On Saturday, Cherry Bombe — the biannual magazine that focuses on women in the food world — held its annual New York City Jubilee. At the start of the day-long conference, organizers and Cherry Bombe co-founders Kerry Diamond and Claudia Wu announced a casual theme for the day: In the wake of the #MeToo movement, women finally have a voice — what should they do with that voice now?
Panelists and speakers, including keynote guests Nigella Lawson and Ruth Rogers, shared their experiences in the industry and offered advice to the group of attendees, made up of women (and a few men) from all areas of the food industry. (More about their most enlightening quotes below.) But a dramatic afternoon panel addressed the fallout of #MeToo head on.
The “Broad Lights, Broad Nation” panel, moderated by New York Times writer Kim Severson and featuring Sweetbitter author Stephanie Danler; Toronto restaurateur Jen Agg; and chefs Mashama Bailey, Adrienne Cheatham, and Angie Mar, turned heated. Following a discussion on whether the “reckoning,” as Severson called it, has changed kitchen behavior, Agg turned the tables on Severson and asked to have a conversation about the media’s responsibility in covering noted bad actors in the restaurant industry — specifically, Agg wanted to confront Severson about a New York Times article that reported on Mario Batali’s next steps.
“Let’s just say that I agree that it’s news that [Mario Batali] divested from his company,” Agg began. “If it is, in the fairest possible way, I just hated the framing assumption... ‘a world kicked out from under him,’” Agg said, referencing a line in the story. “You know this. I know that you know this.”
The piece Agg was referring to was criticized on social media after it was published, but Severson defended it. “My perspective as a writer for the New York Times is very different from yours as a bar owner,” Severson said to Agg during the panel. “I see it as an expose because he certainly didn’t want it to come out. I thought it was very interesting even as a cultural litmus test. The fact is this major personality is trying to figure out if he can come back three months after he was exposed for this behavior.”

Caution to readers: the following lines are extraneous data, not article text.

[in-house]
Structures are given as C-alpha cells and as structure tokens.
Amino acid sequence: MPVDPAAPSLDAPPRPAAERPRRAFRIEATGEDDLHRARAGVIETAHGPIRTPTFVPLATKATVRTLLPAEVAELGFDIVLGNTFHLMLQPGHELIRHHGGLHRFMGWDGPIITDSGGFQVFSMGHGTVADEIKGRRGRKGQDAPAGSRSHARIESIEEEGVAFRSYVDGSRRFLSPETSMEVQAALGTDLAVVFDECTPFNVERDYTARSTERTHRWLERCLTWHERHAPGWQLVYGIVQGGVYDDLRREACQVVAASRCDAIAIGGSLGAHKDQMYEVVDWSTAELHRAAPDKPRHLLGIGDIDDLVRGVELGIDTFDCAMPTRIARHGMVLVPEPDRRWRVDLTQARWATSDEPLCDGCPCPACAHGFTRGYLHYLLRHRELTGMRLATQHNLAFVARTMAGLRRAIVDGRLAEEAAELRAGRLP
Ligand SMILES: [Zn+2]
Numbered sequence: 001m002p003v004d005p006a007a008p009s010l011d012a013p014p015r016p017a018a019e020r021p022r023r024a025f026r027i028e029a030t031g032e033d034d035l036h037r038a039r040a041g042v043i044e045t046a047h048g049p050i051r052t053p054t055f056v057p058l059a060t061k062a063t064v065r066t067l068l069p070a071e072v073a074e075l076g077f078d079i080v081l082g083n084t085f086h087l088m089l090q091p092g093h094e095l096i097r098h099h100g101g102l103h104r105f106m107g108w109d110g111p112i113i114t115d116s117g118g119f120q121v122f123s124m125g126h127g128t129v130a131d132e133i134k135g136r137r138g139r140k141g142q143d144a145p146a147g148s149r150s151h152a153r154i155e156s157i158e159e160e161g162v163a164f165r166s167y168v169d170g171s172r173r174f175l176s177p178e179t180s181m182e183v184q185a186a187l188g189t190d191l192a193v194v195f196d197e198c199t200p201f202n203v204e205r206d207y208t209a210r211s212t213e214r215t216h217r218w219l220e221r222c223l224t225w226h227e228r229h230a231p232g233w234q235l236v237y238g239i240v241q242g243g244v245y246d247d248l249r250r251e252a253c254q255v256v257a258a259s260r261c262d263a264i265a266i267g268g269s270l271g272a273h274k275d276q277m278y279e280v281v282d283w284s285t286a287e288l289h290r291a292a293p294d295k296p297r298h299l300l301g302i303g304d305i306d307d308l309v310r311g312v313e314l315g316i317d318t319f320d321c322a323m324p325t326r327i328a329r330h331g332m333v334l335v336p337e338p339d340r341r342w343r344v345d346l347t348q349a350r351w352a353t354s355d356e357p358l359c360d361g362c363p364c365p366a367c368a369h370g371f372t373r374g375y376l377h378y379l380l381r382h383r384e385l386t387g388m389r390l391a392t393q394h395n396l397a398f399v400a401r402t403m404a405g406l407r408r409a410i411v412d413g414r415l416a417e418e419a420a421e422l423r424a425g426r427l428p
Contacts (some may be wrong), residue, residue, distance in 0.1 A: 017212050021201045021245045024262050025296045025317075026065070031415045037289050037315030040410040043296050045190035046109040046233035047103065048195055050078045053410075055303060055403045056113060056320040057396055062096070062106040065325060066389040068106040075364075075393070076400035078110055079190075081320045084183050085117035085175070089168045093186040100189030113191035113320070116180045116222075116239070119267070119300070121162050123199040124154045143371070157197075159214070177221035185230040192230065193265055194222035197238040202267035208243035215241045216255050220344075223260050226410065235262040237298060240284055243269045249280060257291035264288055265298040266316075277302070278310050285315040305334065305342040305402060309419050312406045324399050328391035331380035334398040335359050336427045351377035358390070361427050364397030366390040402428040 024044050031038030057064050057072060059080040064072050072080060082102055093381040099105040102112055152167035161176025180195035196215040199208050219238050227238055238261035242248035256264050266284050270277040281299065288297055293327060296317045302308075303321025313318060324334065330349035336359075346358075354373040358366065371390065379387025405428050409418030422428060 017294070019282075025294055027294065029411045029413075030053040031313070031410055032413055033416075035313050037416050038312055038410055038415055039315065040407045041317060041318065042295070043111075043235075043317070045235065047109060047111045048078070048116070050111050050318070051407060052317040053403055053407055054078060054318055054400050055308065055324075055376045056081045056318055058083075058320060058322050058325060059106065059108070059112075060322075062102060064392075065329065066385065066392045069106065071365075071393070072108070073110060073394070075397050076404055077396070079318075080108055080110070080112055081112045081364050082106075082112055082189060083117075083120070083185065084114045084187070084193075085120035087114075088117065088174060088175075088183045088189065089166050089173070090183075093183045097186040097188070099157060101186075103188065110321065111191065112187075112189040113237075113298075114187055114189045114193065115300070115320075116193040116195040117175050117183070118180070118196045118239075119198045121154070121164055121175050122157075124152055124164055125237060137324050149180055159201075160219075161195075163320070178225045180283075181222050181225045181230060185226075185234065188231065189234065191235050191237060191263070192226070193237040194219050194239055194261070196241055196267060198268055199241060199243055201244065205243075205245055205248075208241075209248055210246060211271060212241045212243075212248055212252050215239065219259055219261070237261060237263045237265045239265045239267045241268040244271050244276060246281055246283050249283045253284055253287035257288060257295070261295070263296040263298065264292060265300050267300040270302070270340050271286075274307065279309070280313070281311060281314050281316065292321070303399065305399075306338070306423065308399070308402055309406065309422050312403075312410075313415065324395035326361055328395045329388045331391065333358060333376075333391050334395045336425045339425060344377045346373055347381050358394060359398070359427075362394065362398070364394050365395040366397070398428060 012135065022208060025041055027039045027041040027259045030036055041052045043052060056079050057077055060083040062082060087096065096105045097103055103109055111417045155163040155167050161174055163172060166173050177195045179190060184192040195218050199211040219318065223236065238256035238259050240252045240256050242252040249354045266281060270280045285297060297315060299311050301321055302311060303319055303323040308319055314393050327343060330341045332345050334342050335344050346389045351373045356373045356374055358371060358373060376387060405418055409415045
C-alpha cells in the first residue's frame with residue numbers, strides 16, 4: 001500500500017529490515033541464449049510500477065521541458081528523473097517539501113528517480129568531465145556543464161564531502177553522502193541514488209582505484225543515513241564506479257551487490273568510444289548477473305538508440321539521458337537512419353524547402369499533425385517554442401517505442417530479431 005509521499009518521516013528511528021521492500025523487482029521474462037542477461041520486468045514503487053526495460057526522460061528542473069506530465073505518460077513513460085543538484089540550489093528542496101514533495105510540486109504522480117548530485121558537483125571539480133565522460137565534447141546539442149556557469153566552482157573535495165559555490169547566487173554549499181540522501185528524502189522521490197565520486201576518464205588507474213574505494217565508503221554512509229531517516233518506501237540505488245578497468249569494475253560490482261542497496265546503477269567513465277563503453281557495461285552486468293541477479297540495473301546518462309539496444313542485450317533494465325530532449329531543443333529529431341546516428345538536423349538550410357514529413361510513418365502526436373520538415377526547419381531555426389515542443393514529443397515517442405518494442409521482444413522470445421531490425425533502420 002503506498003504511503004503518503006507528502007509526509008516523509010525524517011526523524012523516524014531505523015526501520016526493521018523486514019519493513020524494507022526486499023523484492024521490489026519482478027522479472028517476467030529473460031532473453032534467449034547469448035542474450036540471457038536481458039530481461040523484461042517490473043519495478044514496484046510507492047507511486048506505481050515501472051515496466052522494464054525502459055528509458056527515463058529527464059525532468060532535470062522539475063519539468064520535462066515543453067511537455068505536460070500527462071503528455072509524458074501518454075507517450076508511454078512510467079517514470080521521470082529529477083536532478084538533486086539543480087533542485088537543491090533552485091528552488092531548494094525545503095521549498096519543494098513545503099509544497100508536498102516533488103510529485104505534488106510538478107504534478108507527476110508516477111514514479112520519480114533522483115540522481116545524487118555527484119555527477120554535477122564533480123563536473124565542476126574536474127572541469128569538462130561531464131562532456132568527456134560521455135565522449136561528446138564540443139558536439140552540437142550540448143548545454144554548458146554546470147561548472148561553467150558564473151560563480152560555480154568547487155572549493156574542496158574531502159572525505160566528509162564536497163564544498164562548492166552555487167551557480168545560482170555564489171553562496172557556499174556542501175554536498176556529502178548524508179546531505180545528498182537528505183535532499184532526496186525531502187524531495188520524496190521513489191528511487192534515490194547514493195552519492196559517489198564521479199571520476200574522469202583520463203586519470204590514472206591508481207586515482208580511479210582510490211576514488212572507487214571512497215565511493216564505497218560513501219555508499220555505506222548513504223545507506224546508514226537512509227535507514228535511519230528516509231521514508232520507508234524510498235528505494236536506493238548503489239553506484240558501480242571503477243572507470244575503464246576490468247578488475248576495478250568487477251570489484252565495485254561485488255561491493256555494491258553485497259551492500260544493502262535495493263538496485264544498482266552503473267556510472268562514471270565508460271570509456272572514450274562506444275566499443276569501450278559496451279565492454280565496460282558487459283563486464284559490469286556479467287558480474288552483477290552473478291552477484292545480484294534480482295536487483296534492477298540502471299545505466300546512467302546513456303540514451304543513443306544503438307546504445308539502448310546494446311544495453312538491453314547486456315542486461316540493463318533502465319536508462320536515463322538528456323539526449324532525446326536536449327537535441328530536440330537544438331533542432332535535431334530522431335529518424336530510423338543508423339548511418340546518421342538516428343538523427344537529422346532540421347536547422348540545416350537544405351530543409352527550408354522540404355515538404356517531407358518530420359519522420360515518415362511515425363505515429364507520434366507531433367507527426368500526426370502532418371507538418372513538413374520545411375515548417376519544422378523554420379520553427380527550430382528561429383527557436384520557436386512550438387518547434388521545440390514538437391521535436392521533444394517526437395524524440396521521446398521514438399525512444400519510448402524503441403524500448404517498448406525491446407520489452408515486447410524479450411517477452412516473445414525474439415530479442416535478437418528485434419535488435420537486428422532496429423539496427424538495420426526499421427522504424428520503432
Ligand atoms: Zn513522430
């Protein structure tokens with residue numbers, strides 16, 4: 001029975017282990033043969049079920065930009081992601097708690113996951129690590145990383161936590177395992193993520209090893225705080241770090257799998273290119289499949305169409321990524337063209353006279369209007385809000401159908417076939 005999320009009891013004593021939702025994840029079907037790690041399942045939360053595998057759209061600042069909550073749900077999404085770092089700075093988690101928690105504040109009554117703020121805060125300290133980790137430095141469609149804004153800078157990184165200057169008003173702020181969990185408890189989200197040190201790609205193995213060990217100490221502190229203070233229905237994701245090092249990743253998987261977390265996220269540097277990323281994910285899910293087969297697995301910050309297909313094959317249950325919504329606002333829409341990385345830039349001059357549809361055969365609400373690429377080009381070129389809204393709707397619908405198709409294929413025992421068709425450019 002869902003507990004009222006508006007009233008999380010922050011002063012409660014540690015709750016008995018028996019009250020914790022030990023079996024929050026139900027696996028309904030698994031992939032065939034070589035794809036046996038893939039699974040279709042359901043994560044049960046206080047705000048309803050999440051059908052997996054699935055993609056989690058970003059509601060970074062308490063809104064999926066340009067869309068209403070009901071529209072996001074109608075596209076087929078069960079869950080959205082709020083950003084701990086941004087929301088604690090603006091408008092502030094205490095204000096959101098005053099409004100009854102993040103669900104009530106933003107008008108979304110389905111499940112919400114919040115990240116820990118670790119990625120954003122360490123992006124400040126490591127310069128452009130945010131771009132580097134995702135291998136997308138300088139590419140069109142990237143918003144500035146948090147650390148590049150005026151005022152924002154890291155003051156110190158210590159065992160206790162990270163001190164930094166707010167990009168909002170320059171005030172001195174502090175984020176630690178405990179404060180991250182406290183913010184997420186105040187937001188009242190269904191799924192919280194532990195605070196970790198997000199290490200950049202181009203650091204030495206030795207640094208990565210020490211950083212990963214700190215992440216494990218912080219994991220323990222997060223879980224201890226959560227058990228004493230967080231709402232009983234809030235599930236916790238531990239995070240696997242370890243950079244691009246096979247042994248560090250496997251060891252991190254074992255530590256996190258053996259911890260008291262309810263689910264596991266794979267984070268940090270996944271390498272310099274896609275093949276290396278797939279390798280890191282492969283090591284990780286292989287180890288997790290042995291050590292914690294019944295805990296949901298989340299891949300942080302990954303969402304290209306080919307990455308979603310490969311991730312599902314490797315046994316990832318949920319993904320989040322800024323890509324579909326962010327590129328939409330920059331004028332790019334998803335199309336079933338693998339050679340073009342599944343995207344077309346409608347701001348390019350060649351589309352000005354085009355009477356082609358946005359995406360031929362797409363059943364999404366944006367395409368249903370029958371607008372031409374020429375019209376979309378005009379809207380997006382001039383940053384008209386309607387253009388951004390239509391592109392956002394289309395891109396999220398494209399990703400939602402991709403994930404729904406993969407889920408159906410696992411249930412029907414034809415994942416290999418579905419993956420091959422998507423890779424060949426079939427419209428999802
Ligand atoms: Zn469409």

Severson said she and her editors went back and forth on whether to include the perspective of a Batali victim in the piece but ultimately decided that it felt “incongruous” and was a much more “nuanced” story than the news story she ended up writing. Agg, meanwhile, insisted the published article was a redemption story. “Is it? Or is he just totally creamed because people found out what he was up to and they creamed him?” Severson asked.
Severson asked the panelists if they would go eat at a Mario Batali restaurant given what has happened. Agg said no: “I could not go back to a restaurant where it’s clear and obvious that my money is now going into the pockets of a monster.” But when Severson posed the same question about April Bloomfield, whose partner Ken Friedman was accused of sexual harassment, the response from the panelists was mixed.
Bailey, chef and partner at Savannah restaurant the Grey, was conflicted. “I don’t necessarily believe that it was all innocent and all one sided,” she said, and added that she would like to know more about how much Bloomfield knew about Friedman’s behavior before making a decision one way or the other.
Danler agreed that she would want more information in regards to Bloomfield. She did recently visit Nancy Silverton’s restaurant Mozza, a part of Batali’s restaurant group, and noted she has “a really hard time punishing” all of the people involved in running that restaurant. Mar, chef-owner of Beatrice Inn, has worked directly with Bloomfield, and acknowledged that it was a tough question.